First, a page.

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New drop in household savings ratio

31/3/14

By Verena Vogt

New figures from the Office for National Statistics (ONS) show that the household savings ratio continued to drop last year.

As the rate of inflation grew faster than wages, the ratio fell to 5.1% in 2013, compared with 7.3% the year before and more than eight per cent in 2008.

Markit economist Chris Williamson said: "A fall in the savings ratio suggests current household consumption is too reliant on people delving into their savings and therefore unsustainable, unless of course incomes start to rise."

The ONS figures suggest that this is now the case as inflation dropped to a record low of 1.7% last month and annual wage growth rose to 1.4% in the quarter to January.

Outlook for households' incomes has improved

According to Capital Economics analyst Samuel Tombs, a rise in real incomes could provide stronger foundations for a further increase in consumer spending this year.

He added: "The outlook for households' real incomes has improved over the last few months - inflation has eased significantly while nominal pay growth looks set to pick up."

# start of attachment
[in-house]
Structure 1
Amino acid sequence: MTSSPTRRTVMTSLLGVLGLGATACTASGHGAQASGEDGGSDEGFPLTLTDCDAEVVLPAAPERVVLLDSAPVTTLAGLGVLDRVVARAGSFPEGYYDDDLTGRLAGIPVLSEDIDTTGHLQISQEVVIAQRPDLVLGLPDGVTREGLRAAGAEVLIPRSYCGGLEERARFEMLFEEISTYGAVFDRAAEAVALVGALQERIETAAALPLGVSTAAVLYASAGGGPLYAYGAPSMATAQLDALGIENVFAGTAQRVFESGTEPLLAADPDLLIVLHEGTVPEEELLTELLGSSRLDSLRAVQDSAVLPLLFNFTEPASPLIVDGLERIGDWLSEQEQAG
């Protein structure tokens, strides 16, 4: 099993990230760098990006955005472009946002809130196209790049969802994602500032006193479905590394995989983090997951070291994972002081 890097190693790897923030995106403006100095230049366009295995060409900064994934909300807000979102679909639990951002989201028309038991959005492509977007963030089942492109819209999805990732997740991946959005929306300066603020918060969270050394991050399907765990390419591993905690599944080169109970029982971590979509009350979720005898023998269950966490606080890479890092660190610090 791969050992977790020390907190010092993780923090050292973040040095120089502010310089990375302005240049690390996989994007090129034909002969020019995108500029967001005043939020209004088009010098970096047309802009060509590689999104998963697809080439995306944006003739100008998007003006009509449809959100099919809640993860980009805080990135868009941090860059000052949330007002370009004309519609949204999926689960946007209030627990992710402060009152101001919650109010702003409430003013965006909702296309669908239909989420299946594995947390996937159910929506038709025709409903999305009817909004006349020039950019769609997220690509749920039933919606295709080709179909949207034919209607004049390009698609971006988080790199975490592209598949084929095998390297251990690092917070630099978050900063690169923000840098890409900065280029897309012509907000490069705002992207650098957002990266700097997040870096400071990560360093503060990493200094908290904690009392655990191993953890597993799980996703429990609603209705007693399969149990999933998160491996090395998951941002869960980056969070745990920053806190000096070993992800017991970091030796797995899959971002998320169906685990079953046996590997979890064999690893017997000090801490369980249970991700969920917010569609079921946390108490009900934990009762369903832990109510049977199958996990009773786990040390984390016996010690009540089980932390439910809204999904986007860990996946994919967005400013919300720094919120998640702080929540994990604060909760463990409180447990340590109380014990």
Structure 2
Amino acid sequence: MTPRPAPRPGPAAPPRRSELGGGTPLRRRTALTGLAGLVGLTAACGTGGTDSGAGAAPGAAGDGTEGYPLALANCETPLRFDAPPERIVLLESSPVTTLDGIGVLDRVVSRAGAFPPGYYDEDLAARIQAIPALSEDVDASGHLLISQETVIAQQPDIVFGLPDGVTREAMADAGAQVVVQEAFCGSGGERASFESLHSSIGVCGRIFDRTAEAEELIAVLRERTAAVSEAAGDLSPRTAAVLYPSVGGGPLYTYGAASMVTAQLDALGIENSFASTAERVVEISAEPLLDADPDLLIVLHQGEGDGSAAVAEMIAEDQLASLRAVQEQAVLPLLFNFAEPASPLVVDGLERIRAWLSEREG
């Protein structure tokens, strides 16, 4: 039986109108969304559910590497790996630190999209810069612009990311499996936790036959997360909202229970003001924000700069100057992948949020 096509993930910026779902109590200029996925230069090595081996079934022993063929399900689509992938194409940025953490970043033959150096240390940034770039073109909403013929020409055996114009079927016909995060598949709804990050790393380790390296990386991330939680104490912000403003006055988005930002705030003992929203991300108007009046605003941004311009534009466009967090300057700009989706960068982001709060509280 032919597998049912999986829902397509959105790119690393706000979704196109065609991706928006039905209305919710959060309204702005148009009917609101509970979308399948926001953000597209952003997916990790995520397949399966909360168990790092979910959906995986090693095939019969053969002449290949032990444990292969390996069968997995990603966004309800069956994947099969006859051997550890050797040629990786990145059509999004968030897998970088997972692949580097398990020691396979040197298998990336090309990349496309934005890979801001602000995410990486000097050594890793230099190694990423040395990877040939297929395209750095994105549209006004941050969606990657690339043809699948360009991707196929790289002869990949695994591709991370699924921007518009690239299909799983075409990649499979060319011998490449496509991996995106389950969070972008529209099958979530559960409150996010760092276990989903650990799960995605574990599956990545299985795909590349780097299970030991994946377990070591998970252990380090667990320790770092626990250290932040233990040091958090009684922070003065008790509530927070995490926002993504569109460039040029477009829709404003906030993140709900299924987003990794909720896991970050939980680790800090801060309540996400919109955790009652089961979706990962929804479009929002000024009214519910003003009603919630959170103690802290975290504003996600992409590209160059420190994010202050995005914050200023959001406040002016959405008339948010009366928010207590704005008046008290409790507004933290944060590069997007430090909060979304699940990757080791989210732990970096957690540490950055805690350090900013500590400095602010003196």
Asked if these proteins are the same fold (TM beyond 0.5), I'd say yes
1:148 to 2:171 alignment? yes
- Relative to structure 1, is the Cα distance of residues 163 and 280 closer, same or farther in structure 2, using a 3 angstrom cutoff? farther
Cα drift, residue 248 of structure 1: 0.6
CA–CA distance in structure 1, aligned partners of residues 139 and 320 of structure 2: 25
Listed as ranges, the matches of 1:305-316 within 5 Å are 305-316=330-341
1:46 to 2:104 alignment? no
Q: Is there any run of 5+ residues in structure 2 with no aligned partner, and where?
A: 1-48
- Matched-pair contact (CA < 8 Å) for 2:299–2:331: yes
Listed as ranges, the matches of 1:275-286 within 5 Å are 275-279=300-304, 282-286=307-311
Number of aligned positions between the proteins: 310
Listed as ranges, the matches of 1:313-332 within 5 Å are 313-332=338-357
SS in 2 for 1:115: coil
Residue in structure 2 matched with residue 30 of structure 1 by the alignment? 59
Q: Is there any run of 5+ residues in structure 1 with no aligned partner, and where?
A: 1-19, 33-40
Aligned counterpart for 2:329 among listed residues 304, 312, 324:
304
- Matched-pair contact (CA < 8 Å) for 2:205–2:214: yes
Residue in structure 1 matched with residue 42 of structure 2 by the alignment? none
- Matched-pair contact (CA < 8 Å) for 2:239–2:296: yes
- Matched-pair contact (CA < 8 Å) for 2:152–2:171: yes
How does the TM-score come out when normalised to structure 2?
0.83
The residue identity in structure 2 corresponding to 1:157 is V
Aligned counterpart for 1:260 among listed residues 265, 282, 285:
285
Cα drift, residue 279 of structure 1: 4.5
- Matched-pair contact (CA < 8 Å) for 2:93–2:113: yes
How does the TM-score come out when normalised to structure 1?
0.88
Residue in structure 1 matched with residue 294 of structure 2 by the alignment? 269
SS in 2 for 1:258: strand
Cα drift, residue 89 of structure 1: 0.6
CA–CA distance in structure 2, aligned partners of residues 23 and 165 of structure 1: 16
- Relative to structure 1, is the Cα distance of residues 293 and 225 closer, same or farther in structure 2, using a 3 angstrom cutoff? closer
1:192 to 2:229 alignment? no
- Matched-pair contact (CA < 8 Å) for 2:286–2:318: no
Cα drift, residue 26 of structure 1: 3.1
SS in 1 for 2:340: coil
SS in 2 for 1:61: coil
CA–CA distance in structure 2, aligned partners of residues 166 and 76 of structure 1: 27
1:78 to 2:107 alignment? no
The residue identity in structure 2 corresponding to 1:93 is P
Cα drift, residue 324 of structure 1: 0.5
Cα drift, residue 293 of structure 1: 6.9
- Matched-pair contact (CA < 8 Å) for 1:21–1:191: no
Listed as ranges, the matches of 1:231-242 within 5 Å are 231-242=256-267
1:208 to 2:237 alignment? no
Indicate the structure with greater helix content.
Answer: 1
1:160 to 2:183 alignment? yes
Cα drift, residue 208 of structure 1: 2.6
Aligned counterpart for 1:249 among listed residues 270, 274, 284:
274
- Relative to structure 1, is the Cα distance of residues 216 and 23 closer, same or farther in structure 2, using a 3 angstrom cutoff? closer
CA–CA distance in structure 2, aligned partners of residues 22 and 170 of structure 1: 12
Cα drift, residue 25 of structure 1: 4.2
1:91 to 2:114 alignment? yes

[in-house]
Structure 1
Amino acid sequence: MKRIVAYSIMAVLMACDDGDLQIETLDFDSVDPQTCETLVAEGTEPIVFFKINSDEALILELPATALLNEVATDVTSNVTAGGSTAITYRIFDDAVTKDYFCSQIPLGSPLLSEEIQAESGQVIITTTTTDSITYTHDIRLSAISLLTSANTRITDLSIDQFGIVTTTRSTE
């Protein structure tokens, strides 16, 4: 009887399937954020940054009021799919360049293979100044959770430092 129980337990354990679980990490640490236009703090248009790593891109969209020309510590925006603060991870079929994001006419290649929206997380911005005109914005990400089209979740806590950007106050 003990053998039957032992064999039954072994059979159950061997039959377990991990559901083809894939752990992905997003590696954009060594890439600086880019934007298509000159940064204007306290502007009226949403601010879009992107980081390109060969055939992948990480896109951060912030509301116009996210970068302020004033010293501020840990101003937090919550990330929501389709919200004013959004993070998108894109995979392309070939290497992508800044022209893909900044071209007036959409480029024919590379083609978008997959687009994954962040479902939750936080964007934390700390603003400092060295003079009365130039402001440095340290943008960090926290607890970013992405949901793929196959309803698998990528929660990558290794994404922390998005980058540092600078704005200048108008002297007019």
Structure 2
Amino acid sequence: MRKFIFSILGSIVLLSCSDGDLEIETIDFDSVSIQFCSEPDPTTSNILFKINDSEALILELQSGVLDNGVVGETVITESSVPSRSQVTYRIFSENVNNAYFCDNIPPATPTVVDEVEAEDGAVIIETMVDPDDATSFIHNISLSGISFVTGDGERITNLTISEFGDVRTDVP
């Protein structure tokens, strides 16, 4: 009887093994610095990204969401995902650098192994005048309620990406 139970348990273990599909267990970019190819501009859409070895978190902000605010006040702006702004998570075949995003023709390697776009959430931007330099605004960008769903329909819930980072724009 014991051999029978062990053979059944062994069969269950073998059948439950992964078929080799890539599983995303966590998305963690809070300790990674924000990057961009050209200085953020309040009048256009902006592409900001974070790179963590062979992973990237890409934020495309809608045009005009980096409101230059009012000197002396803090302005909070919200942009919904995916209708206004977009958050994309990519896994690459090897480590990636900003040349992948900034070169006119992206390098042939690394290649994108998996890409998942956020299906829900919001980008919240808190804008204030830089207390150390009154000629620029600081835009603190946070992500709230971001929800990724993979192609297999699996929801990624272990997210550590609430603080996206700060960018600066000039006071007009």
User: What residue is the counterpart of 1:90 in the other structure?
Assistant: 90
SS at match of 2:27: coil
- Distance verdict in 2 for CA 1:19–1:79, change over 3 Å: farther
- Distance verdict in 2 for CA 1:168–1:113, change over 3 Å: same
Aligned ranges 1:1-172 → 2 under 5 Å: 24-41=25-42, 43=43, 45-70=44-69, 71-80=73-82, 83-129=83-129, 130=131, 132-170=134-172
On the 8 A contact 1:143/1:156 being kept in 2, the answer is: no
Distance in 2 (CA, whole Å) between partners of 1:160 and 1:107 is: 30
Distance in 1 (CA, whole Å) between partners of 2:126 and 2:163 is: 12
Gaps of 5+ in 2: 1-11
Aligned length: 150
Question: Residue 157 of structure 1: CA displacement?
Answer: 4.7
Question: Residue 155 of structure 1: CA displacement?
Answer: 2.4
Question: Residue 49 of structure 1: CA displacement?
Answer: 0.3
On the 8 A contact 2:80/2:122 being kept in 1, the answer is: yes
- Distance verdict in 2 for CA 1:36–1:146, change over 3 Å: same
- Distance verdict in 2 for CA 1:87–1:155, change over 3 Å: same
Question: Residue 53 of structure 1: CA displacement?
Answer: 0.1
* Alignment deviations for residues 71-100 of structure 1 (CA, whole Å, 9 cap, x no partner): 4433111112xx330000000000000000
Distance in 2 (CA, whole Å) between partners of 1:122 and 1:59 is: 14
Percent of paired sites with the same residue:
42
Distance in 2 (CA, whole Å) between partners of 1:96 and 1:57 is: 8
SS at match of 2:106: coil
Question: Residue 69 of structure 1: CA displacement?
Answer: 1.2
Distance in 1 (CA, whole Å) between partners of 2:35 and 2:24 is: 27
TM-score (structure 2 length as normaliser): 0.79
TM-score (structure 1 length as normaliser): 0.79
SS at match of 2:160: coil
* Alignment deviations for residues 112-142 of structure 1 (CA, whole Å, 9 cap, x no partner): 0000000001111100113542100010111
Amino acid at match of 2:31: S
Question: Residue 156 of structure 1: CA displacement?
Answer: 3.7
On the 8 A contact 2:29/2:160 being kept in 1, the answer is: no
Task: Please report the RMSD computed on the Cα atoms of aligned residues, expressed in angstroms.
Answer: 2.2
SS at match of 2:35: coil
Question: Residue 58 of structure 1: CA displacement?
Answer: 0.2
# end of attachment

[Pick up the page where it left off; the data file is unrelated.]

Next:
The ONS also found that gross domestic product (GDP) only increased to 1.7% rather than the expected 1.8 per cent in 2013.

However, the estimate for the fourth quarter of 2013 remained unchanged at 0.7%.

Current account deficit rose to £22.4 billion in 2013

While there was a 2.4% rise in business investment, the current account deficit - which shows the UK's trade in goods and services as well as income and current transfers - rose to a near-record of £22.4 billion in the fourth quarter of last year.

The figure, which is equivalent to 5.4% of GDP during the quarter, was significantly higher than the forecast of £14 billion and only slightly lower than the figure recorded three months earlier.

The ONS said the higher-than-expected deficit was mainly due to a drop in income from UK assets overseas.

That's compared with income from foreign-owned assets in the UK, following the recent strengthening in sterling.


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